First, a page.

About a year before Kickstarter launched, I was drawn into the world of crowdfunding through Felicia Day. Day was a working actress with credits on shows like Buffy the Vampire Slayer when she decided she wasn’t ever going to get a leading role and showrunner status unless she did it herself. Intermittently unemployed as so many workers in Hollywood are, she wrote a pilot for The Guild, about a group of gamers, based on her experience playing World of Warcraft in between gigs. She and a skeleton crew produced most of the first season on a dime and then came to place a lot of indie producers find themselves: without funds to continue. But those few episodes had built a fan base, and, through a Paypal link on the show’s active website, she raised thousands to kick-start the rest. That early fan interest shocked the industry, distributors came calling, and The Guild found distribution through Microsoft, who was/is trying to build an entertainment platform outside of television. Day is now a huge source of inspiration within and outside the web television industry and a key brand ambassador for MSN.
In my years researching the “web series” or independent television market I’ve seen crowdfunding take a central place in show development (so much so I’ve tried to track it on my site). Series that built communities of fans early and quickly inevitably turned to crowdfunding. Soon shows targeting all sorts of groups dissatisfied with legacy television used sites like Kickstarter and Indiegogo to keep indie brands alive. Lesbian web series Anyone But Butraised over $30,000 for its third and final season; The Misadventures of Awkward Black Girl ($56,000, nearly twice the ask) for its second; The Outs (over $20,000, many times the ask), a gay-led show, did it in two rounds; last year brought Black & Sexy’s The Couple ($32,000) and Latino-focused show East WillyB ($51,000), not to mention the prodigious work of Freddie Wong, whose canny, Asian-American-led Video Game High School has crowdfunded over $1 million to date (season 1, season 2).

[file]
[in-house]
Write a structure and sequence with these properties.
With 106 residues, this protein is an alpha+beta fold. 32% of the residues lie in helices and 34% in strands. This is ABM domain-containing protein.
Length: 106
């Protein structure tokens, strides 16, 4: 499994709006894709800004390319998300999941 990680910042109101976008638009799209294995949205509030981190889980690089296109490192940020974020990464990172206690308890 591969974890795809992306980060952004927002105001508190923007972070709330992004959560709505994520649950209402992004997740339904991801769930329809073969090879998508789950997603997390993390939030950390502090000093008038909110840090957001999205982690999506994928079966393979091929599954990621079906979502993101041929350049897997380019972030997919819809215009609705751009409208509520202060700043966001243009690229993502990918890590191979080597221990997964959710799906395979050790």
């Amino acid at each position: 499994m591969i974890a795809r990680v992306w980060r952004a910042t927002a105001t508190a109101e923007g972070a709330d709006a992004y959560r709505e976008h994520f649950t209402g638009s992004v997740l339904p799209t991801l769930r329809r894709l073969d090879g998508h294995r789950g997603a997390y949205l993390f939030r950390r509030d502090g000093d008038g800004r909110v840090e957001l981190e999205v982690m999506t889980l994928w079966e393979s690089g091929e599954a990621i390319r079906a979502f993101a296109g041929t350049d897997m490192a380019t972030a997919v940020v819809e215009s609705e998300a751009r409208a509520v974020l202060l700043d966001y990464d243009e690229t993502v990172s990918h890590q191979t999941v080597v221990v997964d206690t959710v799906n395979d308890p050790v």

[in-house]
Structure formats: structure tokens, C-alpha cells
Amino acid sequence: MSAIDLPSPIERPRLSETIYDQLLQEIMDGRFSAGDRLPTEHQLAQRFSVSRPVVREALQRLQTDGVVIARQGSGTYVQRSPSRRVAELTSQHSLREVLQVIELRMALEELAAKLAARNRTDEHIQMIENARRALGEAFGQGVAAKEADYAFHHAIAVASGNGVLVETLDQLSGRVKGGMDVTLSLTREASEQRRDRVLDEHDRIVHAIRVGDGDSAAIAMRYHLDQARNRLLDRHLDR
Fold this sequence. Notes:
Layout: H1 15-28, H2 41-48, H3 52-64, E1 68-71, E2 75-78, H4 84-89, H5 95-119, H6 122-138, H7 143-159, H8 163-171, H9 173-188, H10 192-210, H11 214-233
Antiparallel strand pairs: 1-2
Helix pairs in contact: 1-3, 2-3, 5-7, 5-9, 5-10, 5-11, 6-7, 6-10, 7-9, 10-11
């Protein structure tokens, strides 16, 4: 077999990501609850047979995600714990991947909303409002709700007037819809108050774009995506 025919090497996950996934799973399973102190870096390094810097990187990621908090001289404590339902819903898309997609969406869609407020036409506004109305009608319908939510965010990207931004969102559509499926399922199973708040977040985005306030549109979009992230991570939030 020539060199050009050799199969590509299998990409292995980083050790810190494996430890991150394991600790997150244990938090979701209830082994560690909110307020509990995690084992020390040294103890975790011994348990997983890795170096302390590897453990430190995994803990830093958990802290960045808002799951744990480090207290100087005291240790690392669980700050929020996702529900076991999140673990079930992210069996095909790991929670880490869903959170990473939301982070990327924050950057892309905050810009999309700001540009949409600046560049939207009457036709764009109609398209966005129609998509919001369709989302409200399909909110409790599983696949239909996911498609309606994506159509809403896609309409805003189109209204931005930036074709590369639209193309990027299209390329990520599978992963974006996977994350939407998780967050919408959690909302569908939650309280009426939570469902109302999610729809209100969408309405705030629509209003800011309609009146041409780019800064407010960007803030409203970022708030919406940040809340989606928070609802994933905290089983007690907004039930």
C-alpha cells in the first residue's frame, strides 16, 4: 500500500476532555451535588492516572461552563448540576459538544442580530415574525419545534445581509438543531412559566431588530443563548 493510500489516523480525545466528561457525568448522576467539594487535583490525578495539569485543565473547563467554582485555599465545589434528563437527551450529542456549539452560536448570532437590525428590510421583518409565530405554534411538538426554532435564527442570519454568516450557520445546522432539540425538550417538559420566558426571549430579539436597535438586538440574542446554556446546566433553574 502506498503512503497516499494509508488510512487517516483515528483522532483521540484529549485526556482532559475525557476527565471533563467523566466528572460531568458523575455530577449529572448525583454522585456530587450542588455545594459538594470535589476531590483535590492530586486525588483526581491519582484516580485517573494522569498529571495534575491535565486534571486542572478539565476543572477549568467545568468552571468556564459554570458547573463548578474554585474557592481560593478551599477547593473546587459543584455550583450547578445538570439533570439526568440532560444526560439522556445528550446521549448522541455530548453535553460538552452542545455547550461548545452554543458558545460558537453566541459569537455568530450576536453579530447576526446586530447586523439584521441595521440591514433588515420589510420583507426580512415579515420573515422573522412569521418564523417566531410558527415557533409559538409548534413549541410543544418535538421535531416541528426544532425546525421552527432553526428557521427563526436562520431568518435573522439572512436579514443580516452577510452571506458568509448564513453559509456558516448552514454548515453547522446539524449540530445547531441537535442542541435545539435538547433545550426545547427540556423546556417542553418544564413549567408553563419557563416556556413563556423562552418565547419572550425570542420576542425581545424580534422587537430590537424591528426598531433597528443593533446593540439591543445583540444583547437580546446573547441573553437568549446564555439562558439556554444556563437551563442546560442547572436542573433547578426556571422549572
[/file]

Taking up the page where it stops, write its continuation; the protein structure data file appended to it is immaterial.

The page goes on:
Raising money not only gave them funds to survive, and extra opportunities for press and marketing, they also let creators build a database of their strongest fans and supporters, who would then proselytize the show on social networks. This sometimes led to distribution and development deals with both online and on-air networks.
In short, crowdfunding causes us to rethink relationships in media industries, and think very specifically about the kinds of value producers and fans generate from television, as a number of scholars are exploring, from Jason Mittell, to Michael Newman, to your work in Spreadable Media. For independent producers, crowdfunding rewards creators with a clear pitch to specific communities, who are in turn rewarded with a show conglomerates might be reluctant to green light. Of course, this kind of value is hard to sustain in our media landscape, and the fact that Veronica Marsraised several times more than most projects before it in 24 hours speaks to the kinds of value conglomerates are able to generate when they have already invested in marketing properties.
Aymar Jean “AJ” Christian is an assistant professor of communication in the Media, Technology and Society program at Northwestern University. His manuscript, tentatively titled Off the Line, Independent Television and the Transformation of Creative Economy, explores the politics and value of the web series market. He edits a personal blog, Televisual, has been published in the academic journals Continuum, Transformative Works and Cultures, First Monday and Cinema Journal, and in the popular press in Slate, Indiewire, The Wall Street Journal and The Root, among others. For more information, visit his site.